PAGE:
I Tell a Fly
British poet and musician Benjamin Clementine won a Mercury Prize for his first album, At Least for Now, then wrote the second largely within the United States, the 2016 presidential election looming all the while. The resulting song cycle, I Tell a Fly, is composed from a familiar place of dislocation, one articulated by many marginalized and minority artists before (not least Kendrick Lamar). Clementine has found great success in a world that generally chews up and spits out people who look and sound the way he does; he is a big star and a total alien, on a pilgrimage through hostile lands.
I Tell a Fly is not a political screed so much as it is a memoir, a piece of self-confession that captures vividly the feelings of being outcast—and generally without broaching on the polemical. Actual space aliens are evoked more than once, and the songs touch obliquely on the refugee crisis, the rise of nationalism, and ongoing fear of the other.
Oh, and one more thing: These are basically show tunes, cabaret piano pieces delivered with the lilt of the stage; Gilbert and Sullivan by way of “Mississippi Goddam.” They’re anchored by Clementine’s conservatory-ready piano playing—passionate, delicate, precise—as well as his voice, not quite hiding his anxiety or his hope in its theatrical intonation. The arrangements are spare enough, and Clementine’s presence sufficiently magnetic, that it’s easy to tune out everything else and imagine these as solo pieces, though he’s offered restrained support throughout.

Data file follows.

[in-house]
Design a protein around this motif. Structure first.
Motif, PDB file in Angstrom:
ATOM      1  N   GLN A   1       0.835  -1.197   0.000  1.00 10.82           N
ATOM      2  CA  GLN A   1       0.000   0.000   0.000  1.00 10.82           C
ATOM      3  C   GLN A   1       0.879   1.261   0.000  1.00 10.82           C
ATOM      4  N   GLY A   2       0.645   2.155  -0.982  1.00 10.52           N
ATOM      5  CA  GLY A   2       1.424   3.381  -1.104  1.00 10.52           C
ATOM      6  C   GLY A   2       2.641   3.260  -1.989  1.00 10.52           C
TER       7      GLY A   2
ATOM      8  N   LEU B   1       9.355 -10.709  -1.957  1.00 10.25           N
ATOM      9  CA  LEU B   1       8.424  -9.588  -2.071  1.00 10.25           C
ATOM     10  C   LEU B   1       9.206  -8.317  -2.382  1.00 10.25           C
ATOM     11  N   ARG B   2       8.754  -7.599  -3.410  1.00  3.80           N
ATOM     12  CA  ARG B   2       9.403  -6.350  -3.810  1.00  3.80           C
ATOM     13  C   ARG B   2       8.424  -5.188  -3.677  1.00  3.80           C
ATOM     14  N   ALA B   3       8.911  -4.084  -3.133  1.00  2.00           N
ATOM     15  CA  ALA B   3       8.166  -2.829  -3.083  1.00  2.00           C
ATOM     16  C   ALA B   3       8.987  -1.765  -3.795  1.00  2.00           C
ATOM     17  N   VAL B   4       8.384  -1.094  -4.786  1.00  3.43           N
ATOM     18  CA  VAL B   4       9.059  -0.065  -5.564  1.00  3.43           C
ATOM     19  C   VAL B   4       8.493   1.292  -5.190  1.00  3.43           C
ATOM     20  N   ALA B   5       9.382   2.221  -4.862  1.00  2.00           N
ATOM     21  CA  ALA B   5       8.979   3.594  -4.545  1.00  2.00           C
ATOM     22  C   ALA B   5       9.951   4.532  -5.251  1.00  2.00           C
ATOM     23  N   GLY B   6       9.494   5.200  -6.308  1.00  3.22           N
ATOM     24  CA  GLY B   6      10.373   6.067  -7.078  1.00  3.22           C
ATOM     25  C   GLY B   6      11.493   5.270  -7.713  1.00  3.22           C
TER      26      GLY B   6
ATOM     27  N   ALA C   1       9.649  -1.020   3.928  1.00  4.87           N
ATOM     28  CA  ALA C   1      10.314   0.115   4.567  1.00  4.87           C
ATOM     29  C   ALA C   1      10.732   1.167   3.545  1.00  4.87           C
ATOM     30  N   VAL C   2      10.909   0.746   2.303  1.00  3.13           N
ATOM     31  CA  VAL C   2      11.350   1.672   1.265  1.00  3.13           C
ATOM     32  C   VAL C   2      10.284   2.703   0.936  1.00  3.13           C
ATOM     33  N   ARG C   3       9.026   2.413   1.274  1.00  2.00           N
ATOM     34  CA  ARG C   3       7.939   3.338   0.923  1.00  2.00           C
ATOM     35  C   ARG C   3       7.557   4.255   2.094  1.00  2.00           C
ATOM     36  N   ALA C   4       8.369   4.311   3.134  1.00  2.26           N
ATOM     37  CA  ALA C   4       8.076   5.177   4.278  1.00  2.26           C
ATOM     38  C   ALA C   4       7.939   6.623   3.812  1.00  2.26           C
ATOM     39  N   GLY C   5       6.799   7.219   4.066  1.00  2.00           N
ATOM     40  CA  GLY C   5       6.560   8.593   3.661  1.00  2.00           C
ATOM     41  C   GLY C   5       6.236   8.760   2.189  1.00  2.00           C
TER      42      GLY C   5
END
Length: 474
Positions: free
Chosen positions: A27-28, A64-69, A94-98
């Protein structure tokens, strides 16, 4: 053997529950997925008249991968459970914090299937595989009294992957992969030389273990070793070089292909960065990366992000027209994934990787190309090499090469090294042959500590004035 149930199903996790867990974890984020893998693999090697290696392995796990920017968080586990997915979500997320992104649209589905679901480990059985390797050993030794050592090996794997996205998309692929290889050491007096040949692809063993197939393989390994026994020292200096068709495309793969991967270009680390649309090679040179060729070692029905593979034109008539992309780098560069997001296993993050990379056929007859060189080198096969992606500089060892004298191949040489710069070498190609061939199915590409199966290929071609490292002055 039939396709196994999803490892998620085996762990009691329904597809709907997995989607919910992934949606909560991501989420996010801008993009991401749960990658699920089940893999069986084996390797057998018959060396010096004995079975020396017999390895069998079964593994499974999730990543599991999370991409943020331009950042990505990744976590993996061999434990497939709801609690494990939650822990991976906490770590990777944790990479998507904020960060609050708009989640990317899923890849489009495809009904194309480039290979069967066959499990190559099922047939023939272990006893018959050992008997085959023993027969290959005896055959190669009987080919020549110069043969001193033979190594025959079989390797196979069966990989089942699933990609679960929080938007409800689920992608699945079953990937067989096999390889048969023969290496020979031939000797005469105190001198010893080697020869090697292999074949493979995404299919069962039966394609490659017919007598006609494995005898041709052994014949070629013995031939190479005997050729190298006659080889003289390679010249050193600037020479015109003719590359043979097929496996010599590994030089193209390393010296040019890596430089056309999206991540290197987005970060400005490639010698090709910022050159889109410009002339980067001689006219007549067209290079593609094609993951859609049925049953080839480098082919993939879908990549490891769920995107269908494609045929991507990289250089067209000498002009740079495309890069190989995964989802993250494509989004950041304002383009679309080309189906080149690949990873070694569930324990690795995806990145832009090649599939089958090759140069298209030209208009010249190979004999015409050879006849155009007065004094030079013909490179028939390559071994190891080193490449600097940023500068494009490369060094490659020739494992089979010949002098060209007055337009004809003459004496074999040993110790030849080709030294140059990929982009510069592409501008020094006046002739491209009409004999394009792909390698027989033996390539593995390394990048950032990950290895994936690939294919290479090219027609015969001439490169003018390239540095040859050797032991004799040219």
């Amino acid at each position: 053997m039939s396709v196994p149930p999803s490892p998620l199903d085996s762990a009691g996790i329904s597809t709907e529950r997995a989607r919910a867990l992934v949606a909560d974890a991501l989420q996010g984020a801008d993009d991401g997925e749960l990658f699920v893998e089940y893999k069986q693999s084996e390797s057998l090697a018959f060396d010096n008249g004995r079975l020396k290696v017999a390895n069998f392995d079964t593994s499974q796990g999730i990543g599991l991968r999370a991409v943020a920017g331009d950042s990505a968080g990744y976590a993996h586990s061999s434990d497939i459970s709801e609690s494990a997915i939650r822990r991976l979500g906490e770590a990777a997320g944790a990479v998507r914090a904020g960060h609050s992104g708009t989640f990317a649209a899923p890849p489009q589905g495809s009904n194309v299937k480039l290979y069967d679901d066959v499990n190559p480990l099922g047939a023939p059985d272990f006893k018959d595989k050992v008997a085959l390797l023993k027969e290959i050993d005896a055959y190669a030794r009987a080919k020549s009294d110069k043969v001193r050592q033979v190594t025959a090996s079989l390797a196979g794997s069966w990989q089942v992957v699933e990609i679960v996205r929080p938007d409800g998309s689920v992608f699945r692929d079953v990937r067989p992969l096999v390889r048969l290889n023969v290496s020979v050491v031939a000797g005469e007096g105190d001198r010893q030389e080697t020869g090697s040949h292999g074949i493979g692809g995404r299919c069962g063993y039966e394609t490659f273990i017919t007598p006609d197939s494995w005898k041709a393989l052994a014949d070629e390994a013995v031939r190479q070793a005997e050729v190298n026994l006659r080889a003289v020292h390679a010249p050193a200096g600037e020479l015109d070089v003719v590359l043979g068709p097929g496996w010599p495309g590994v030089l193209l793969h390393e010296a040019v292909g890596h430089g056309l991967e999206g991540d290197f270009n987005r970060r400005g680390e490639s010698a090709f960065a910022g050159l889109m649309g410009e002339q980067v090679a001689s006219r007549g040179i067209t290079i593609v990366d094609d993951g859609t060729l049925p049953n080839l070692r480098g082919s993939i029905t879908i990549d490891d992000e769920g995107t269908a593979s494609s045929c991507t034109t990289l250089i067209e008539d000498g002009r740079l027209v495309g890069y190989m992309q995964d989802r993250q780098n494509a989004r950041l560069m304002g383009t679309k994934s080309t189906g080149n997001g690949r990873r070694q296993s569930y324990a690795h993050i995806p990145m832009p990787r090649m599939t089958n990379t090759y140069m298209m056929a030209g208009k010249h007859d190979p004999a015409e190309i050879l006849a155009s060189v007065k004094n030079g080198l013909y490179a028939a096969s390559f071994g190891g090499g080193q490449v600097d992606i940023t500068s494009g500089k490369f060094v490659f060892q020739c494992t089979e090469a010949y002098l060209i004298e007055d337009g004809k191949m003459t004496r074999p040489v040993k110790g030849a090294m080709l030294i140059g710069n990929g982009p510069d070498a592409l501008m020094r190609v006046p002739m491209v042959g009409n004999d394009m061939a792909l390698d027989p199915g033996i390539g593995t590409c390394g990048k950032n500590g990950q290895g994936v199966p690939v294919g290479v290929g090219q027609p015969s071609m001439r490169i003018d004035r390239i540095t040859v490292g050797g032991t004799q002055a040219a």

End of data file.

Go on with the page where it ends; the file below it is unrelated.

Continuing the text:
The tunes and arrangements match the imagination of his words, too—notice how “Farewell Sonata” opens the album with classical sweep, how ticking percussion lays out the menace in “God Save the Jungle,” how “Jupiter” smuggles in an R&B groove while “Paris Cor Blimey” plays up Victorian grotesqueries, right down to the harpsichord.
His performative approach may be what makes these songs—presented here with the unbroken momentum of an opera or a symphony—feel so inviting; on their own, they sketch out a creeping sense of unease that’s hopeful only in how it seeks out the humanity in an increasingly inhumane world. There’s a tune about the Syrian crisis, called “Phantom of Aleppoville,” which sounds like a monster-movie scenario, and maybe it is: Rather than focusing broadly on politics, Clementine pans in for a more intimate account of bullying and abuse, and how they can both fester into a lifelong fascination with cruelty. It’s scary stuff, delivered in a tune you can hum along to—proof, perhaps, that song is as good an antidote as anything to these bleak times.